Choosing between lime or dolomite is easy. Dolomite contains a bit less calcium than lime but has the added advantage of containing magnesium. Use dolomite to get the magnesium boost unless you have extremely acidic soil when the extra calcium in lime will help correct this faster.
Use the liquid forms of these calcium products (eco-flo lime, eco-flo dolomite or eco-flo gypsum) as the calcium is more readily available to the plants (compared to powdered forms) and you’ll get results faster.
Sqush Rotting On End: Squash Blossom End Rot Causes And Treatment
While blossom end rot is commonly thought of as a problem that affects tomatoes, it also affects squash plants. Squash blossom end rot is frustrating, but preventable. Let’s look at the some blossom end rot treatment tips.
Causes for Squash End Rot
The causes for squash end rot are simple. Squash blossom end rot happens due to a calcium deficiency. Calcium helps a plant create a stable structure. If a plant gets too little calcium while the fruit is developing, there isn’t enough to sufficiently build the cells on the fruit. In particular the bottom of the fruit, which grows the fastest, doesn’t get enough calcium.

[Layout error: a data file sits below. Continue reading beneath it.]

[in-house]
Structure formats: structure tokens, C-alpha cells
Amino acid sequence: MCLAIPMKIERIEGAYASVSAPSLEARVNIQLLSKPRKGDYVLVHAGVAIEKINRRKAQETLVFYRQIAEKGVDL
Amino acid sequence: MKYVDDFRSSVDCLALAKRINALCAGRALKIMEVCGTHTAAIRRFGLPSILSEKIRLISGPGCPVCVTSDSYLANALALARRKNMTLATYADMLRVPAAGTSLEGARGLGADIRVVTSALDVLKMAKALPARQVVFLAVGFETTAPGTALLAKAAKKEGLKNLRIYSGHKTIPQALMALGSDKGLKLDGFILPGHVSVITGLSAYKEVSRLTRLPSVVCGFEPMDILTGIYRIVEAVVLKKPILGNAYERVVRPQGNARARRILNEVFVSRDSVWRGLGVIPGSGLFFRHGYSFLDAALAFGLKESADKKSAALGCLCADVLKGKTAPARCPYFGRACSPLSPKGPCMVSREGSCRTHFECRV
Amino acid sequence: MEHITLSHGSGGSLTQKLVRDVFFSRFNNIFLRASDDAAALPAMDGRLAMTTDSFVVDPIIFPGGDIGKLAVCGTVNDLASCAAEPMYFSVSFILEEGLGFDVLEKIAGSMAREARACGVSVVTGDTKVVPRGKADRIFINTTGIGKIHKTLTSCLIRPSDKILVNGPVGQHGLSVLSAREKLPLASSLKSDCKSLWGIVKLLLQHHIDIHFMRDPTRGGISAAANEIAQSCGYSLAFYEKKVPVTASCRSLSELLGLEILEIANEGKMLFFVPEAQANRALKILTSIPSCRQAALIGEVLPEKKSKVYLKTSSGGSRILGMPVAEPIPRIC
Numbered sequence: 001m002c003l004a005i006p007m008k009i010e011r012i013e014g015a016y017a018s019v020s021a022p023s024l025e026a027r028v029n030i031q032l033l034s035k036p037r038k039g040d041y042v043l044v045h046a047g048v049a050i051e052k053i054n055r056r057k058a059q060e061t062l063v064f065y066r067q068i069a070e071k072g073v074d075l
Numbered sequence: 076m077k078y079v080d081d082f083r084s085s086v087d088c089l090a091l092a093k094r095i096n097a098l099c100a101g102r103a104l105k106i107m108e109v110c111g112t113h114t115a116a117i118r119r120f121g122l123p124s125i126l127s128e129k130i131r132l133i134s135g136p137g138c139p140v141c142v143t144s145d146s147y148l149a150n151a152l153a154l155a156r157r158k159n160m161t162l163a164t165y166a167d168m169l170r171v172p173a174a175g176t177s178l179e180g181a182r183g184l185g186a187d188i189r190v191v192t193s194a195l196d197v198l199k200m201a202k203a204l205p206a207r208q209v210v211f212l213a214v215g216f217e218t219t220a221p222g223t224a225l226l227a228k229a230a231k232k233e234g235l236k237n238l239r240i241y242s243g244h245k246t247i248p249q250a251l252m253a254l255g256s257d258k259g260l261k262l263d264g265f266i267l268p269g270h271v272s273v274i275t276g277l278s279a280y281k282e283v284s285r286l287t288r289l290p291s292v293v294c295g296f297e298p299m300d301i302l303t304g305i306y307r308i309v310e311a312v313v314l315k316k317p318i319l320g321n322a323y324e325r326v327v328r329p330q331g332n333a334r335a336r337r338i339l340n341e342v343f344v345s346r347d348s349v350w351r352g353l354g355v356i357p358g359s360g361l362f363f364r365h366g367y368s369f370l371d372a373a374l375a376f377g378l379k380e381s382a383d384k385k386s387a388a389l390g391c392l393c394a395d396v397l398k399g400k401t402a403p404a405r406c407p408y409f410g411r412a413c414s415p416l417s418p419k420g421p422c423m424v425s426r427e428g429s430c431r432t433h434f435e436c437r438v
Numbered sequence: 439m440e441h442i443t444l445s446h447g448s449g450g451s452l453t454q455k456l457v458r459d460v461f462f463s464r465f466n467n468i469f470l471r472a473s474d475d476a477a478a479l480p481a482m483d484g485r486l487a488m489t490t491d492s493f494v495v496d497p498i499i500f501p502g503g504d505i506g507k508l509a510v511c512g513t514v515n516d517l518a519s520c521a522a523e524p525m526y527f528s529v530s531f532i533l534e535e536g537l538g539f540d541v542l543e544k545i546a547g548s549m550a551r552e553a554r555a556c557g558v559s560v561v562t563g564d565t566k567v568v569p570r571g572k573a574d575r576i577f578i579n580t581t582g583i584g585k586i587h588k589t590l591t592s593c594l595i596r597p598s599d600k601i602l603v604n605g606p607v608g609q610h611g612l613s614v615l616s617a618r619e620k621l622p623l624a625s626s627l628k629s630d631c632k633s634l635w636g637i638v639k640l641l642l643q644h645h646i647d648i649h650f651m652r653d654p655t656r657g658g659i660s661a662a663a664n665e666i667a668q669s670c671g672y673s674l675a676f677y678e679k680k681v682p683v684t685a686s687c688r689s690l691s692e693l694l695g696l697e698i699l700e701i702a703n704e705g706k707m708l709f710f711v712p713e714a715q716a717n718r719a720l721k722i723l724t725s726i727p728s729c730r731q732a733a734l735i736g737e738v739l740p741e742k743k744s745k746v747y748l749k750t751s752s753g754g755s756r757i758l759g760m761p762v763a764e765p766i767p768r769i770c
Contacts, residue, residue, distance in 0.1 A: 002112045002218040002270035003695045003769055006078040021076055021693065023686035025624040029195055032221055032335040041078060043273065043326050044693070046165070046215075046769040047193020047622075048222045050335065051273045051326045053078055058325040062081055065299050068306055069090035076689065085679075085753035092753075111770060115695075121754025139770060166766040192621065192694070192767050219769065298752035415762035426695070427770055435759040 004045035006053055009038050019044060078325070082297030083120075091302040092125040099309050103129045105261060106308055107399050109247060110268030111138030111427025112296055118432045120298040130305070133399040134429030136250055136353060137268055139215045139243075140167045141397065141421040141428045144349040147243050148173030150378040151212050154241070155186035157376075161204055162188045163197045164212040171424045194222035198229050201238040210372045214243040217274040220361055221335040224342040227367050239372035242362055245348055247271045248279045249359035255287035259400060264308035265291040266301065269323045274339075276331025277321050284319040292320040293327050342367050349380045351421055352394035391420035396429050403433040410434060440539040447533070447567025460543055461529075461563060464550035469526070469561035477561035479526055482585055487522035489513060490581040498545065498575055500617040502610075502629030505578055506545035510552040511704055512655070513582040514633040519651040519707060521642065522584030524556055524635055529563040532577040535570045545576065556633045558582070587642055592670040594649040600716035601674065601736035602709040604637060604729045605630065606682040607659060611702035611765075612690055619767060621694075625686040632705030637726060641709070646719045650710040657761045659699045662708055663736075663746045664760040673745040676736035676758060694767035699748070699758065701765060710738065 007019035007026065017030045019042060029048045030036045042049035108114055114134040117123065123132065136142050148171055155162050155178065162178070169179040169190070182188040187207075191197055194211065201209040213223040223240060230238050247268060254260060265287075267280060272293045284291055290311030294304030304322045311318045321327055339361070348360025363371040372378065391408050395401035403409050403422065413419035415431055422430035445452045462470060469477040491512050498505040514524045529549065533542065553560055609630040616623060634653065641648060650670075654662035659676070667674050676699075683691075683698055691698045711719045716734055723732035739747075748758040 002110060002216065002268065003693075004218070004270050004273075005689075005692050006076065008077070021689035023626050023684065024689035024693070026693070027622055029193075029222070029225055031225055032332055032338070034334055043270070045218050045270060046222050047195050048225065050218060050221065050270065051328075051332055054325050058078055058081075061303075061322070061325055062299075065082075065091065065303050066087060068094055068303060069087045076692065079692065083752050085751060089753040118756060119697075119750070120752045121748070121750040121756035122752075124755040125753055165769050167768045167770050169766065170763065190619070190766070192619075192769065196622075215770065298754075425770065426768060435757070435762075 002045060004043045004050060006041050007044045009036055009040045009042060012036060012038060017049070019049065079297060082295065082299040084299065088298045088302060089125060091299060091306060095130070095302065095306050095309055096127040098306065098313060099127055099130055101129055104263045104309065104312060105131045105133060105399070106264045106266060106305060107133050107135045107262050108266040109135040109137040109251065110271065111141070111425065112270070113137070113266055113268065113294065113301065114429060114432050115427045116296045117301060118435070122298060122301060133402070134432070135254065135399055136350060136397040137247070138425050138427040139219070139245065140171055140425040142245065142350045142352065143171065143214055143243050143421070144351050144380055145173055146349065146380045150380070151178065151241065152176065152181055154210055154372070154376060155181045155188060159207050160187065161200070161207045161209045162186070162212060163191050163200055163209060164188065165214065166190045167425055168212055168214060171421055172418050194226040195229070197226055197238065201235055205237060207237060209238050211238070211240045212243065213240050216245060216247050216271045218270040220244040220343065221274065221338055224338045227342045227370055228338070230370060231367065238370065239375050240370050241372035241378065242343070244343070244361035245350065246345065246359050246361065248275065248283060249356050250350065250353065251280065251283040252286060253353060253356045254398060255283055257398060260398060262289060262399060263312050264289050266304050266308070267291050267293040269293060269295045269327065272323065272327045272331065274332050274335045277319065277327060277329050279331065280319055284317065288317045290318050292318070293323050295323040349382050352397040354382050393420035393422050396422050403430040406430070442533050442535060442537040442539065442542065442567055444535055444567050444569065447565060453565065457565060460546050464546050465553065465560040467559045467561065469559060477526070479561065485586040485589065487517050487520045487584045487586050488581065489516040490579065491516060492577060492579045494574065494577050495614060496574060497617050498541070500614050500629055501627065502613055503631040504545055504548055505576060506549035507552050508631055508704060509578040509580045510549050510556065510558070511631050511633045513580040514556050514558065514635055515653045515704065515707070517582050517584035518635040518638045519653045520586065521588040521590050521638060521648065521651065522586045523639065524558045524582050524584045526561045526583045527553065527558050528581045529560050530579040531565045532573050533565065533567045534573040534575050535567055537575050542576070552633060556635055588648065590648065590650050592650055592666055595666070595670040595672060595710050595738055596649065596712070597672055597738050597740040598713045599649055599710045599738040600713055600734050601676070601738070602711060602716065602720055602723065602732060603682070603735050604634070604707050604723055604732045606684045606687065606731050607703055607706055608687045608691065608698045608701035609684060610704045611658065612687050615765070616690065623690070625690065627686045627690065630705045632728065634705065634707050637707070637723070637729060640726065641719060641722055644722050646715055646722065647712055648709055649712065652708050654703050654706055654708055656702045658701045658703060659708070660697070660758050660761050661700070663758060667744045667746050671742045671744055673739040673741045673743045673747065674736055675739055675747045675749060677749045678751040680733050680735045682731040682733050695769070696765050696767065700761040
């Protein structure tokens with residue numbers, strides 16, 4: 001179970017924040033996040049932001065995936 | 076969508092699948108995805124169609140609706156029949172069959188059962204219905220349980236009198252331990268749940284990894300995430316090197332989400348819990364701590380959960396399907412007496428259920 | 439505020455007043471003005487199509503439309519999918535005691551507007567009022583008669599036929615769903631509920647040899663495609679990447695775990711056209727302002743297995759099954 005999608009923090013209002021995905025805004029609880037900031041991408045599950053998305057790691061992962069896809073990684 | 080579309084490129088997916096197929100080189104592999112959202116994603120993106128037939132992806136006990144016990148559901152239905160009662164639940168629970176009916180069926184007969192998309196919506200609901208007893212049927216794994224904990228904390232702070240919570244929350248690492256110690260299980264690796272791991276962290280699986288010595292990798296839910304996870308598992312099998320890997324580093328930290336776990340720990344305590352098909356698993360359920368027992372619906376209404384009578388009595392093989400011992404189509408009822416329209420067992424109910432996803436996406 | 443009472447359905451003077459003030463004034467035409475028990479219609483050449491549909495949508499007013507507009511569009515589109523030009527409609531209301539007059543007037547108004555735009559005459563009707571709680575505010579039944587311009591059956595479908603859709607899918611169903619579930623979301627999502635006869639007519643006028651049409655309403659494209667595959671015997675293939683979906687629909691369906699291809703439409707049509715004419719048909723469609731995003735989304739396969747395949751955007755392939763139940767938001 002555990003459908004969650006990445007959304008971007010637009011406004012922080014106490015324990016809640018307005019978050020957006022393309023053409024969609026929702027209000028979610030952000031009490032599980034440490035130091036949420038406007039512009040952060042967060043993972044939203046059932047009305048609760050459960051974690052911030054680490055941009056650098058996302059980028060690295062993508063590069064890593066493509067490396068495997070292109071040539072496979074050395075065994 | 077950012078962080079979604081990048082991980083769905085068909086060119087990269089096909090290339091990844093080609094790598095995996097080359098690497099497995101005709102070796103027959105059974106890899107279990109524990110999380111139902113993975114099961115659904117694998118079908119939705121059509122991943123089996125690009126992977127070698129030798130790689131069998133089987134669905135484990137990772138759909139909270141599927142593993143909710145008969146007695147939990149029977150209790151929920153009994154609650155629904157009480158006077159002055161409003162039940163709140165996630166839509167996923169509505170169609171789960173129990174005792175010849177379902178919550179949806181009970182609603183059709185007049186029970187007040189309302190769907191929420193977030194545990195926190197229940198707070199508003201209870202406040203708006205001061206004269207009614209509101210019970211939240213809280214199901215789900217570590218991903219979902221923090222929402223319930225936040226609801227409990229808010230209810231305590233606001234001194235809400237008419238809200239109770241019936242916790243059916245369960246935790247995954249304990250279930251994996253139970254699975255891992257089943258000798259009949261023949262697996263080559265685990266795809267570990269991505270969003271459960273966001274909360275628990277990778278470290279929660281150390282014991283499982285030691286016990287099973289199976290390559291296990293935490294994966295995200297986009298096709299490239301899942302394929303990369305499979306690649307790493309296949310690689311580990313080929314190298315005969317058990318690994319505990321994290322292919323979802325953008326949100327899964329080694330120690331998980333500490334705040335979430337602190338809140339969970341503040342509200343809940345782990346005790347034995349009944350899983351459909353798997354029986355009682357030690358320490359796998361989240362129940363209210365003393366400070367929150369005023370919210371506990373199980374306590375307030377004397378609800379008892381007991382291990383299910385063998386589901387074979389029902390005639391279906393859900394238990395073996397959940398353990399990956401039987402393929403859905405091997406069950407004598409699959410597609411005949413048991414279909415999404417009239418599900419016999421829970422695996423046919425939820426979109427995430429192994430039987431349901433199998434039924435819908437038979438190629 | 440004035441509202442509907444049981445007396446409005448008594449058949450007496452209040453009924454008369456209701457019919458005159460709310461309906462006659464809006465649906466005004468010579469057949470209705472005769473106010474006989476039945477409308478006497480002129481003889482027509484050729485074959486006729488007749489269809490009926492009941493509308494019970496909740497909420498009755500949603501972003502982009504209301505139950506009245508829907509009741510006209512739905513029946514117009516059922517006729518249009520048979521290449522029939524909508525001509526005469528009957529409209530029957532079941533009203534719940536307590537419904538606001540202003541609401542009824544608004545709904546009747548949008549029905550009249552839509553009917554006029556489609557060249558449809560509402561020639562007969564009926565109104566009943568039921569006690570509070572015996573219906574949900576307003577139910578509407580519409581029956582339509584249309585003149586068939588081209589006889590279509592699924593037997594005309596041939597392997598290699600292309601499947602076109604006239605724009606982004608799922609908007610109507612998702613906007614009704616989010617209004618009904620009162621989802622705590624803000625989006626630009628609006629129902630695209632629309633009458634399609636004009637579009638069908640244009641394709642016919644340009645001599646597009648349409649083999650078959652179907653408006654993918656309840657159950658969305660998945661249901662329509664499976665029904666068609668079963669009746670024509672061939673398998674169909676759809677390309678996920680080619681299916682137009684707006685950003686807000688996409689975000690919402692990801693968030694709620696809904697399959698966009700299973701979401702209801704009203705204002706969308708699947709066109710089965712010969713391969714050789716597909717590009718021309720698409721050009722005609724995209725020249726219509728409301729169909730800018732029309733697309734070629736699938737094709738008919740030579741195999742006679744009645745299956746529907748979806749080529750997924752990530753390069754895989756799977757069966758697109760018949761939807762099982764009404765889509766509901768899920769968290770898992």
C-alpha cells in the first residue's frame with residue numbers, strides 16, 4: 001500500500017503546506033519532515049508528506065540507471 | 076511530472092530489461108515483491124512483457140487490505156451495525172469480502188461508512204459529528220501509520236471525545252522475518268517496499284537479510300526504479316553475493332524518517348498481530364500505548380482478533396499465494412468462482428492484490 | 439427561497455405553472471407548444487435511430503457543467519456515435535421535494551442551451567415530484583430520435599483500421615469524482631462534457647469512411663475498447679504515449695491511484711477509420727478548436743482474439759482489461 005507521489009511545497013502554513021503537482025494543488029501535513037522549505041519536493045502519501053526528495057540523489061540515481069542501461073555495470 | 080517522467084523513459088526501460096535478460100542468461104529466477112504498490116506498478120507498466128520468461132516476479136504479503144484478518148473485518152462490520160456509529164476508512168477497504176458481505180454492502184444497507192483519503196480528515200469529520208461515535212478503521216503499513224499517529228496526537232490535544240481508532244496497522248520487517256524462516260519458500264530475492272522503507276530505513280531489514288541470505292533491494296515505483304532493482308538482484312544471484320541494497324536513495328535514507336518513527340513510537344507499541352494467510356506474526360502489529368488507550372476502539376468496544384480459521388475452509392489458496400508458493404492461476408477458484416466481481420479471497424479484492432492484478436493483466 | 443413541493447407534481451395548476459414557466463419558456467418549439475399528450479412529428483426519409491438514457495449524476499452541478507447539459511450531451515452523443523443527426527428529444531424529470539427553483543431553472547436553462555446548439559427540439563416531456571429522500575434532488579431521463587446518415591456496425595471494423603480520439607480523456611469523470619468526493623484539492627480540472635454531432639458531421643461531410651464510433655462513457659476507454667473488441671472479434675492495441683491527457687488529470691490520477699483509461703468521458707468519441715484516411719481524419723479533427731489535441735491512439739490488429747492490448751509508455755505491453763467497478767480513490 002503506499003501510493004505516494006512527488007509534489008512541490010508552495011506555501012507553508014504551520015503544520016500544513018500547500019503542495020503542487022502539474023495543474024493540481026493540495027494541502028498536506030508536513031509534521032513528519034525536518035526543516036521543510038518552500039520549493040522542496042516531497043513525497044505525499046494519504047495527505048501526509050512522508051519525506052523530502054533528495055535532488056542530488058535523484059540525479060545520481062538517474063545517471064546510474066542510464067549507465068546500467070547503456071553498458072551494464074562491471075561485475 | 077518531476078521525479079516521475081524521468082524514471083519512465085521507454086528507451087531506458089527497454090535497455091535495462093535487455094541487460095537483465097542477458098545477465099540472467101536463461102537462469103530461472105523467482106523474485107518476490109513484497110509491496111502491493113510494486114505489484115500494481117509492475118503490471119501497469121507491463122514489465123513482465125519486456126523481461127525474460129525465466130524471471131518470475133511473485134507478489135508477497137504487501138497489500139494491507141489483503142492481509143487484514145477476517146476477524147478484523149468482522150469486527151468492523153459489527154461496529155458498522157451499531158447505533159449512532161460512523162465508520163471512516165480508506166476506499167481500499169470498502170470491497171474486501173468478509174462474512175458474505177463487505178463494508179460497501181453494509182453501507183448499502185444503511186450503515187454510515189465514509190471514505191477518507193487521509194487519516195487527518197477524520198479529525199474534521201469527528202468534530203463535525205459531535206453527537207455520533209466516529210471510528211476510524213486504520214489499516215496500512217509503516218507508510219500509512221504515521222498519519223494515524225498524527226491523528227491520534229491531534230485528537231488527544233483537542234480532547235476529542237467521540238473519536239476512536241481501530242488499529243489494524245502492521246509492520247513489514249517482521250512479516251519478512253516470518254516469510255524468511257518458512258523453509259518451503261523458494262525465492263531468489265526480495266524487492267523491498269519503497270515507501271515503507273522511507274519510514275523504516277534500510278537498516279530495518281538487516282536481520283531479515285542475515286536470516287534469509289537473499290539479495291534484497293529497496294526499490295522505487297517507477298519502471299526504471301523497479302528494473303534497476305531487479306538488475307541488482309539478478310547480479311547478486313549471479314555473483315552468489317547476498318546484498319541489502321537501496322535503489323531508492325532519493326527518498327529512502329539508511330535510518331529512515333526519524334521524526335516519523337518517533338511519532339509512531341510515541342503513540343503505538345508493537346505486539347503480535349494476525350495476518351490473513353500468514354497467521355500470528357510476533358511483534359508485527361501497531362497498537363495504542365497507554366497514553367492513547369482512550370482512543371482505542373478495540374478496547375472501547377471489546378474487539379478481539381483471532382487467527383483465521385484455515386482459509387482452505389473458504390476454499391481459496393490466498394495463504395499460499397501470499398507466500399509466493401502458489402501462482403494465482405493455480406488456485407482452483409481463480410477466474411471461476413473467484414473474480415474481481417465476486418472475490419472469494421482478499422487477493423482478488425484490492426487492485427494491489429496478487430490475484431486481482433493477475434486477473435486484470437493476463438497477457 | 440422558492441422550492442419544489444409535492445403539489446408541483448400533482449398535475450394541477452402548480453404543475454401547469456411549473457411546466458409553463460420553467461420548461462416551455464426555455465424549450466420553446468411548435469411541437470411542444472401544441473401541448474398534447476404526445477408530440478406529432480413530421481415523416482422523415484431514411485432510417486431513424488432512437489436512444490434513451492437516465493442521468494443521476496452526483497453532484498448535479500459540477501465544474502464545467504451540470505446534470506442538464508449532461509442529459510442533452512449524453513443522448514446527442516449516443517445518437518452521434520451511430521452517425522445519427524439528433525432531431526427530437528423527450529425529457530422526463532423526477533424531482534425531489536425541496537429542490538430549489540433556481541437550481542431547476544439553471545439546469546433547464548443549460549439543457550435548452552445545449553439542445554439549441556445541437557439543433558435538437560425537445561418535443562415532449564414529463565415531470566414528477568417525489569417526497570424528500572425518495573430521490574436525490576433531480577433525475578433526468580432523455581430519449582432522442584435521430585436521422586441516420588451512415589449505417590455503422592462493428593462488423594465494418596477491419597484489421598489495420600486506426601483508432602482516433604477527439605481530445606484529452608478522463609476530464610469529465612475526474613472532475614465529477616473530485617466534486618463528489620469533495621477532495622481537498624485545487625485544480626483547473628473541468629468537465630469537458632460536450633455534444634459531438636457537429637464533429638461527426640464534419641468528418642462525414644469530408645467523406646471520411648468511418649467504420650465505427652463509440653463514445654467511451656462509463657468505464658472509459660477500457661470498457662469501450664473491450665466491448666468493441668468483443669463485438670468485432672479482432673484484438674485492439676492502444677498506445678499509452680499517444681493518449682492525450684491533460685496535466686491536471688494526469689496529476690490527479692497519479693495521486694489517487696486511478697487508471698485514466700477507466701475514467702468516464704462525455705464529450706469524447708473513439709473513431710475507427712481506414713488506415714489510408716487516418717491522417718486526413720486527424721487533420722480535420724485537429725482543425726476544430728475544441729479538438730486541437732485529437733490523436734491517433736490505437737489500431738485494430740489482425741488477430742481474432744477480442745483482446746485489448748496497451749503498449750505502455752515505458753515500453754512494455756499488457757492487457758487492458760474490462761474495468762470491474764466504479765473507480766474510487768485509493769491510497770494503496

As the fruit gets larger, the cells begin to collapse, starting with those weakest cells at that bottom. At the location of the squash blossom, rot sets in and a black indentation appears.
While the causes for squash end rot will not make the squash dangerous to
eat, the lack of calcium frequently causes the fruit to mature too early and the squash will not taste very good.
Blossom End Rot Treatment
There are a few things you can try for blossom end rot treatment. Keep in mind that all of these treatments must be done before squash blossom end rot appears. Once the fruit is affected, you cannot correct it.
Water evenly – If the plant goes through drastic changes in the amount of water it gets, it may not be able to take up the calcium it needs at the crucial time when the fruit is being formed. Water evenly, not too much or too little.
Add the right kind of fertilizer – Add a low nitrogen fertilizer to the soil before you plant. Too much nitrogen will cause an imbalance of growth between the roots and the leaves. If the leaves grow too fast, the plant does not have enough roots to take up calcium the squash fruit will need.
Add lime – The soil pH must be between 6.0 and 6.5 for optimal calcium uptake. Use lime to balance your soil’s pH if it is too low.
Add gypsum – Gypsum will help add calcium to the soil and will make that nutrient more readily available.
Remove the fruit and fix the problem – If squash blossom end rot appears, remove the affected fruit and use a calcium-rich foliar spray on the plant. This will ensure that the next round of squash the plant grows will have sufficient calcium to grow correctly.
The causes for squash end rot are very simple and blossom end rot treatment is easy enough when you know the source of the problem.